He hated himself for it; then cried out for help.
“My wife and children couldn’t stand the sight of me, my life was a shambles.”
These are the words of recovered alcoholic Brian Pearson (not his real name which has been changed for privacy reasons) who, at the height of his addiction, was consuming between 35 and 42 drinks a day - and putting his family through hell.
Today his drinking problems are well behind him, thanks to treatment he undertook at The Retreat New Zealand, a residential rehabilitation programme catering for people with a dependence on alcohol.
A registered charity, it has opened a new facility in Warkworth set in 12 acres of Kauri trees and native bush where it runs a residential 30-day programme closely aligned to the 12-step recovery programme.
CEO Janet Thompson says it is a place of healing and is very special: “We help remove the stigma of alcoholism. It cannot be wished away. It is a disease, not a moral failure and we help individuals sustain ongoing recovery through a commitment to treatment, education and public advocacy.”
Although Pearson has no doubt the work he did at The Retreat has transformed his life - “it’s a safe, loving, caring environment and it has given me back my life” - it did not come easy.
He believes he was born an alcoholic. “I’ve always loved drinking. It was a mental obsession; I was an all-day, every-day drinker and would be at the liquor store every morning at 7am.
“I couldn’t stop and would put away 35 to 42 standard drinks a day. In the end I was drinking cider because it was cheap and cheerful.”
His addiction soon began to play havoc with his life: “I was drinking at work, I would pass out and my (business) partner would have to pick up the slack. My family reacted badly because I wasn’t present for them and could be verbally abusive; I wasn’t trusted and they watched me like a hawk.
“My son started lashing out at school and I could see in his and my daughter’s faces (both are now teenagers) that they were questioning what I was doing still being there (in the family home). It was a difficult and tense environment and talk of me moving out was a common thing; I hated myself.”
Things came to a head in 2016 when suffering from cirrhosis of the liver, he was rushed to hospital after varicose veins in his stomach burst causing severe gastric haemorrhaging. He survived but he realised he needed to do something about his addiction.
“I went to community-based 12-step meetings that year and although I stayed dry for three and a half months I just couldn’t get over the hump,” he says. “It was then a friend convinced me I needed to do more.”
So, in 2018 he went through the first of two stays at The Retreat: “I went in on November 23 and came out on Christmas Eve. I went home and managed nearly five months sober, which at the time was my longest stint away from drink in 20 years.”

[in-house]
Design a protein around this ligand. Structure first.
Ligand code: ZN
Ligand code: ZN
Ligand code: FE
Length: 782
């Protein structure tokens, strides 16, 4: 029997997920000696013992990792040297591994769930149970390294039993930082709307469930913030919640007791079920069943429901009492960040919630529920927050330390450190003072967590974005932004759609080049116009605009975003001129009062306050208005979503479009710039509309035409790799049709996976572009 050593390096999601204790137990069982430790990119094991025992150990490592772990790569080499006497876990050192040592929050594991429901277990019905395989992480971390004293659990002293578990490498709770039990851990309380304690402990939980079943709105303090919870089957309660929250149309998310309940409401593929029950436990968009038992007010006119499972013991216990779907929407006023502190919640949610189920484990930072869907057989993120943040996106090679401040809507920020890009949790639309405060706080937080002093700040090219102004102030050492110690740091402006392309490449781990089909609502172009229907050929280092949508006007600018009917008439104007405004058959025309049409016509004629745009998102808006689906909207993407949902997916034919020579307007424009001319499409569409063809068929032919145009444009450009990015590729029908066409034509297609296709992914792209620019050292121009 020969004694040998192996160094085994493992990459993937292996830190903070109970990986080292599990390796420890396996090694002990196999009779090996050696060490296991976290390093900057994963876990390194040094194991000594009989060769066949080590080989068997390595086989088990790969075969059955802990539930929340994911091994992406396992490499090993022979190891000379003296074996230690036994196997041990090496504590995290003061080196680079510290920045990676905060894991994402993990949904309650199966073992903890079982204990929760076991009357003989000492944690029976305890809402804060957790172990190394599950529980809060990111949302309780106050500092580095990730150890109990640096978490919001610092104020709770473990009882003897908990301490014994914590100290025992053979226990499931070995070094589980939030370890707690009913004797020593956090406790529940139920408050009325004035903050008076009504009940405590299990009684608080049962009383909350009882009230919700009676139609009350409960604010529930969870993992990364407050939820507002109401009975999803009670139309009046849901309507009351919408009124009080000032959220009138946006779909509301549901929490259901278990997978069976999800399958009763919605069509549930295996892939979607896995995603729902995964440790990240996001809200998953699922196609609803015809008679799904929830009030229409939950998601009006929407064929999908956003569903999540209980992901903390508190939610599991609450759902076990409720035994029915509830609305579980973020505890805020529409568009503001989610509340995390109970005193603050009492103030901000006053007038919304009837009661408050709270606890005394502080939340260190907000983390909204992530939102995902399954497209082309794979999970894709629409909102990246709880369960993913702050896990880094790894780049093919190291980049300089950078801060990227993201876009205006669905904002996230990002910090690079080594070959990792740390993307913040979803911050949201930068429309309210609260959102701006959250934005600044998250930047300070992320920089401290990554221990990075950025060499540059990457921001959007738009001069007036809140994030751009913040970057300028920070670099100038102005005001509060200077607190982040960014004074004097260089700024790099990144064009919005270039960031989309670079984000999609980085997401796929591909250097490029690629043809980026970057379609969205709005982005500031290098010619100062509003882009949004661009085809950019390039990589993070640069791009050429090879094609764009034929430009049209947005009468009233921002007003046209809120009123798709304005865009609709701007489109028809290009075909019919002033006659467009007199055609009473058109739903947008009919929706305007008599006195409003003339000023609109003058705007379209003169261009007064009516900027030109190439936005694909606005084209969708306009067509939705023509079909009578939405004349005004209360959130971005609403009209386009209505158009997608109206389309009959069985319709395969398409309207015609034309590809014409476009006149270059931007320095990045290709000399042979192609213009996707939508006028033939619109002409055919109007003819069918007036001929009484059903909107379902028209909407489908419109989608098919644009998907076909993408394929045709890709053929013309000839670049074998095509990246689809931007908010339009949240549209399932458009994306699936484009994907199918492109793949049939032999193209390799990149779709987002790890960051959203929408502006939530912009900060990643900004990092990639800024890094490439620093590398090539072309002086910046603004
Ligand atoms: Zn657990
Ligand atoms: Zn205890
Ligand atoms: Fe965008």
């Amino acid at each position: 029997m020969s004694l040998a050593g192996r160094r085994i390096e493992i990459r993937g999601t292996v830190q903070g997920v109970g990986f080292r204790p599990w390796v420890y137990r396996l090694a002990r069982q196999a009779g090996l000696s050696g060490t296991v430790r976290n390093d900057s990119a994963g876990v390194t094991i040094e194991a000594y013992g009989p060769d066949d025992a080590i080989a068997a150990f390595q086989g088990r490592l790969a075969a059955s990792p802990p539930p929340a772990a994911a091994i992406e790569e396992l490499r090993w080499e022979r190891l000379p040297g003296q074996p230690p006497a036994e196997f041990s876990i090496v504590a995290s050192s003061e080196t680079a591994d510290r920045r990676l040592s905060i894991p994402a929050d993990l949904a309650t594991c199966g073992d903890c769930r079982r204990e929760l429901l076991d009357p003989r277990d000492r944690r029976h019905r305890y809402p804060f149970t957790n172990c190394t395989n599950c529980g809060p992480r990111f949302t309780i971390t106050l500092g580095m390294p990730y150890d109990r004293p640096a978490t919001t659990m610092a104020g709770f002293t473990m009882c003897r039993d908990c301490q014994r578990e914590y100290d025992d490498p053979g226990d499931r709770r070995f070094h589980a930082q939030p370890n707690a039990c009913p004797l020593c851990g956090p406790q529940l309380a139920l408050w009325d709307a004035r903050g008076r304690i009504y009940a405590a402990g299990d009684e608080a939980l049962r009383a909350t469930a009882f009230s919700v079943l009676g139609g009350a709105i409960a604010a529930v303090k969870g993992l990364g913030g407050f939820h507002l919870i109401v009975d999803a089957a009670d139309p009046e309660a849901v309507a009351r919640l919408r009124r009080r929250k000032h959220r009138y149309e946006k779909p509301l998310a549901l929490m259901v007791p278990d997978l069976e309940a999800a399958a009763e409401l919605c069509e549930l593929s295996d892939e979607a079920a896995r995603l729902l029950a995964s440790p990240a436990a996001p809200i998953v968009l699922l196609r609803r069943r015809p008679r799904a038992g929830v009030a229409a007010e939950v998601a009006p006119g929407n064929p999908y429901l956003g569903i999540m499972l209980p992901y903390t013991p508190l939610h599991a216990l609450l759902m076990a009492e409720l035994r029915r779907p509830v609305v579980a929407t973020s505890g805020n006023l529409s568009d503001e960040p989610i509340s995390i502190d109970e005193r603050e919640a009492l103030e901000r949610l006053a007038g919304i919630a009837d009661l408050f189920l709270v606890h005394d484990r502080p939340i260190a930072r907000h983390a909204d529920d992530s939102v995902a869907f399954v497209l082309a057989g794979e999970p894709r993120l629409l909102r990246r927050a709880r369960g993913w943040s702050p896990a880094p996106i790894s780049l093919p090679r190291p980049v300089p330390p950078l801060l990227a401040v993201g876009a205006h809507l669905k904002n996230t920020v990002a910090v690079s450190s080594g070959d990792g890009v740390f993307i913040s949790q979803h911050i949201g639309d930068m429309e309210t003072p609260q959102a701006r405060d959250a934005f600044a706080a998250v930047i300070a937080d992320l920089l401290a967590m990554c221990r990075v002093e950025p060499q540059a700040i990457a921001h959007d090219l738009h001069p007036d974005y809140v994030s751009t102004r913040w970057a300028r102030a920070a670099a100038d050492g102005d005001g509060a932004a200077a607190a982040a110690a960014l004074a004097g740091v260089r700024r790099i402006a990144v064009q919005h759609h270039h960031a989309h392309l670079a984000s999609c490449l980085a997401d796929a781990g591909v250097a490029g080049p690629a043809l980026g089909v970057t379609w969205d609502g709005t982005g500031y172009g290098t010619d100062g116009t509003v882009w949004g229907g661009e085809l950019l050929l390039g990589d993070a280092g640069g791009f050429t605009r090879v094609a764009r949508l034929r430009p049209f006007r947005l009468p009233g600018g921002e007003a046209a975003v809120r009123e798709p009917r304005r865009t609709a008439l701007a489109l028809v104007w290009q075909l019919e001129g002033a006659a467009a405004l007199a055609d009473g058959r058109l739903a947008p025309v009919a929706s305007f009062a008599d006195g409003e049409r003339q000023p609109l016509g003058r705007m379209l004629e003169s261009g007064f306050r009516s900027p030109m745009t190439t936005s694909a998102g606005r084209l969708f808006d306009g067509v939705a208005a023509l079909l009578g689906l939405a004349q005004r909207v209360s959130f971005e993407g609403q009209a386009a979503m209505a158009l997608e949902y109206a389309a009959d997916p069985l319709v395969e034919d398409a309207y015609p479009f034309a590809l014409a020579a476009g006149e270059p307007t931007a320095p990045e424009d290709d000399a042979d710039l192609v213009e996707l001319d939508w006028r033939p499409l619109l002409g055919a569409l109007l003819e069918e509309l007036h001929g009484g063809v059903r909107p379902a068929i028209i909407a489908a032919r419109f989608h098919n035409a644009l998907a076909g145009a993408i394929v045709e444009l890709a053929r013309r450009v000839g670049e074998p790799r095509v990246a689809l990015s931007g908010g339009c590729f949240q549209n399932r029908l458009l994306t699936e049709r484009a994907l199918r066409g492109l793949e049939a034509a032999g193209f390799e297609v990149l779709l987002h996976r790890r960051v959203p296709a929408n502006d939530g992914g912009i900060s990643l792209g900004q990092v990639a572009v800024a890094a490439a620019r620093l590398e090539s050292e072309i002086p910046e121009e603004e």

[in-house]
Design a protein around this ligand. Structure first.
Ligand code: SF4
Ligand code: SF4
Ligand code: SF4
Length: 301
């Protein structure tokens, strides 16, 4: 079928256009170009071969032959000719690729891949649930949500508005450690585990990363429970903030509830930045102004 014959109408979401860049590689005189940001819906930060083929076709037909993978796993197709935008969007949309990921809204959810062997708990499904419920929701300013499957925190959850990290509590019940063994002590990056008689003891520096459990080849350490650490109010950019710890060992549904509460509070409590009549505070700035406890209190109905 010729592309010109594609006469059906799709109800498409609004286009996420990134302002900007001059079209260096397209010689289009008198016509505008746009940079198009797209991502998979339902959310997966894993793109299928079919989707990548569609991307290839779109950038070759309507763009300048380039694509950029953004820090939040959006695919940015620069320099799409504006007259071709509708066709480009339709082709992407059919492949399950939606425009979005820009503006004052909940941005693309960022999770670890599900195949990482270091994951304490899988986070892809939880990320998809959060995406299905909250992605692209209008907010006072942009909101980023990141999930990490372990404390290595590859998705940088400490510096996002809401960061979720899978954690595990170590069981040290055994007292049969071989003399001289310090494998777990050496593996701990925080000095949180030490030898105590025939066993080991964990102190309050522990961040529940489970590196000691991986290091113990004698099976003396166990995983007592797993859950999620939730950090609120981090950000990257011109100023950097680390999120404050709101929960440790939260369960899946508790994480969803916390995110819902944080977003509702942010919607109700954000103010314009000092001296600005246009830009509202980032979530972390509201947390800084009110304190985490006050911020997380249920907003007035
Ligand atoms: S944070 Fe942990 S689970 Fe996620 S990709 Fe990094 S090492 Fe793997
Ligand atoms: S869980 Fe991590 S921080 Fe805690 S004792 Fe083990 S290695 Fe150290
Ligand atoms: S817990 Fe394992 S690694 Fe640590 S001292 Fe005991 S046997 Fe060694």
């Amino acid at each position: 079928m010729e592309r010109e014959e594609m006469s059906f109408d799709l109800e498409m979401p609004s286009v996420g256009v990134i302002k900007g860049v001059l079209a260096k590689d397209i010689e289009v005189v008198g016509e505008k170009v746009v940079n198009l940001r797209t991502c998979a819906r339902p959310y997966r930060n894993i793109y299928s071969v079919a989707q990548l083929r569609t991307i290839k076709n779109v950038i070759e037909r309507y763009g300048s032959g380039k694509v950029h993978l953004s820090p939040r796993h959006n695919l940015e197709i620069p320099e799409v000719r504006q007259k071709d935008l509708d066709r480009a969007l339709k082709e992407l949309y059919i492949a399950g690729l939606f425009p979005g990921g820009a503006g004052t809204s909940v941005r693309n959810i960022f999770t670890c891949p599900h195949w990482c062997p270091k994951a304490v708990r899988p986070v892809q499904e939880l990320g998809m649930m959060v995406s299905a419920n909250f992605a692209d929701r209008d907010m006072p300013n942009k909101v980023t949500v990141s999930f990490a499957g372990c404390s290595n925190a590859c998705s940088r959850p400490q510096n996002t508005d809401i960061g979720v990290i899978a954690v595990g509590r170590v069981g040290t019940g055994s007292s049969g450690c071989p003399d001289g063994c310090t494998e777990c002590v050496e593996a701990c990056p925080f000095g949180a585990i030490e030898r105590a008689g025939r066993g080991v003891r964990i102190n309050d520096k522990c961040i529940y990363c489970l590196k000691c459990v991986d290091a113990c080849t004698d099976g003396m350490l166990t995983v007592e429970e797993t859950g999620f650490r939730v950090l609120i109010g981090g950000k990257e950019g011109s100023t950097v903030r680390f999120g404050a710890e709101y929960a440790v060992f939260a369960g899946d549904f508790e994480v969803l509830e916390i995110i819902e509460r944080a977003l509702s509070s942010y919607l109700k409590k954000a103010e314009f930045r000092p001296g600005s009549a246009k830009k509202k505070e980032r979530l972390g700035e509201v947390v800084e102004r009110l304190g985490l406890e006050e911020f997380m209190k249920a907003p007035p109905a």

But he relapsed and in April 2019 he booked himself back into The Retreat for another round of treatment. This time it worked and next month Pearson will be celebrating four years without a drink.
“I feel good,” he says. “I’m fortunate to still have my wife and kids in my life. We share a house and my son and I do things together. He’s into cars, I’m into cars; I’ve bought a small launch and we go fishing together.”
He says he is grateful for the impact The Retreat has had in his life. At his lowest point “my wife was depressed and my kids withdrew from me. My parents were devastated and I constantly thought ‘who else hates me’?
“But at The Retreat all that pressure came off. I was able to let all that go and found help to find what is important to me.”
A long time business owner, Pearson is back at The Retreat giving hope to others, once a week taking a session by sharing his story.
Thompson says the new Warkworth facility only takes in people with problems with alcohol, not those with drug issues.
“People think alcoholics are homeless living under a bridge,” she says. “The reality is alcoholism does not discriminate - alcoholics are your family, neighbours, workmates and friends leading strong, successful and healthy lives.
“The stigma of alcoholism causes people to deny they have a problem and often they are too embarrassed to ask for help. (But) you have to deal with it because by not doing so it does not go away or get better. It is a progressive disease and it’s okay to ask for help.”
She says a Stats NZ Health Survey in 2018 revealed that up to a quarter of the 79 per cent of Kiwi adults who said they consume alcohol were doing so in a way that could harm themselves or others. Men were twice as likely as women to be hazardous drinkers.
Thompson says The Retreat’s vision is that recovery will be available for all New Zealanders who look for it. “We treat the whole person as well as the illness and treat every person with dignity and respect. Because alcoholism affects all family members and family friends, we help them learn strategies for when their loved one returns home.”
An online survey conducted by The Retreat showed that 61 per cent of respondents who went through the programme between 2013 and 2020 remained clean and sober for 12 months or more.
“When it does not work for them the first time we set them up with strategies and tools so they know what to do. They can come back to us for a two-week refresher (as Pearson did) or just reconnect with their local community-based 12-step meetings.”
For more information go to: www.theretreatnz.org.nz